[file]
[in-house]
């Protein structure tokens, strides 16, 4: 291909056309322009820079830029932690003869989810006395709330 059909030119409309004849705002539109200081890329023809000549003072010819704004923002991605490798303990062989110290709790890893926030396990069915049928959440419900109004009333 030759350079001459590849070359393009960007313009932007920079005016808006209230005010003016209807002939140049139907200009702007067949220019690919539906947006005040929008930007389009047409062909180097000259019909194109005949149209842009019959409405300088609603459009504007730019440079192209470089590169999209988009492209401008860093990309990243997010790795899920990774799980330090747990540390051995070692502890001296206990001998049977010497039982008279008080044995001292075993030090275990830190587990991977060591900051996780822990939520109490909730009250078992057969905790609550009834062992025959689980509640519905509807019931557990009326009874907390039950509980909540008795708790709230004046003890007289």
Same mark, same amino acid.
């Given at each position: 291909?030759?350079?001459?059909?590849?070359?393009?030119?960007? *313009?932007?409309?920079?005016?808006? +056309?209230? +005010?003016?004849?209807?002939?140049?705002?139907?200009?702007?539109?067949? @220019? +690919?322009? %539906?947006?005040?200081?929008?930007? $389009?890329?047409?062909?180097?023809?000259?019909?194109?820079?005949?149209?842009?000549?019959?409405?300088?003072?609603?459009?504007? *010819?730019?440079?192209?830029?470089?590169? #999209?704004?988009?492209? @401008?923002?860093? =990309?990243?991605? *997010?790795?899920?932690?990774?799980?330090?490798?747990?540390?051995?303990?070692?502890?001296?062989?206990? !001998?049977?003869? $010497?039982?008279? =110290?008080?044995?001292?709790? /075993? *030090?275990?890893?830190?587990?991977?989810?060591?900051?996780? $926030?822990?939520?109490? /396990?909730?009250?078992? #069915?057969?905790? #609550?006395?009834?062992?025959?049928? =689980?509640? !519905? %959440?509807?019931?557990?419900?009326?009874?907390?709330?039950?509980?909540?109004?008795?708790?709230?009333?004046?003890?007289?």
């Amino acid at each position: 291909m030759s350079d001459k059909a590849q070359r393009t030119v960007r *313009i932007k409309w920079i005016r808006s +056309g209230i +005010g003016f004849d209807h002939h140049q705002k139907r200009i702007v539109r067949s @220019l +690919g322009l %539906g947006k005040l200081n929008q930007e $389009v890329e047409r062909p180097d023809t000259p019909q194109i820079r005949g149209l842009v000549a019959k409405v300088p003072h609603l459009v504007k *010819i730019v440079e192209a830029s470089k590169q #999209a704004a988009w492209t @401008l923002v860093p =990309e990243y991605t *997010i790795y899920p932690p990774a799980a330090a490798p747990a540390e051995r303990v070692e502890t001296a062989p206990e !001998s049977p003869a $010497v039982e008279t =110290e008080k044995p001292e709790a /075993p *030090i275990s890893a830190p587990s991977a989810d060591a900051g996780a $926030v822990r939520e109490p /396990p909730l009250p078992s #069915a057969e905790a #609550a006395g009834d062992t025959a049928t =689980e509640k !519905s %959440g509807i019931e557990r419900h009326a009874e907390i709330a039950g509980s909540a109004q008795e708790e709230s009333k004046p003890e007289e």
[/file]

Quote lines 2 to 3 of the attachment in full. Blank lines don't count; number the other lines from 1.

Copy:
């Protein structure tokens, strides 16, 4: 291909056309322009820079830029932690003869989810006395709330 059909030119409309004849705002539109200081890329023809000549003072010819704004923002991605490798303990062989110290709790890893926030396990069915049928959440419900109004009333 030759350079001459590849070359393009960007313009932007920079005016808006209230005010003016209807002939140049139907200009702007067949220019690919539906947006005040929008930007389009047409062909180097000259019909194109005949149209842009019959409405300088609603459009504007730019440079192209470089590169999209988009492209401008860093990309990243997010790795899920990774799980330090747990540390051995070692502890001296206990001998049977010497039982008279008080044995001292075993030090275990830190587990991977060591900051996780822990939520109490909730009250078992057969905790609550009834062992025959689980509640519905509807019931557990009326009874907390039950509980909540008795708790709230004046003890007289």
Same mark, same amino acid.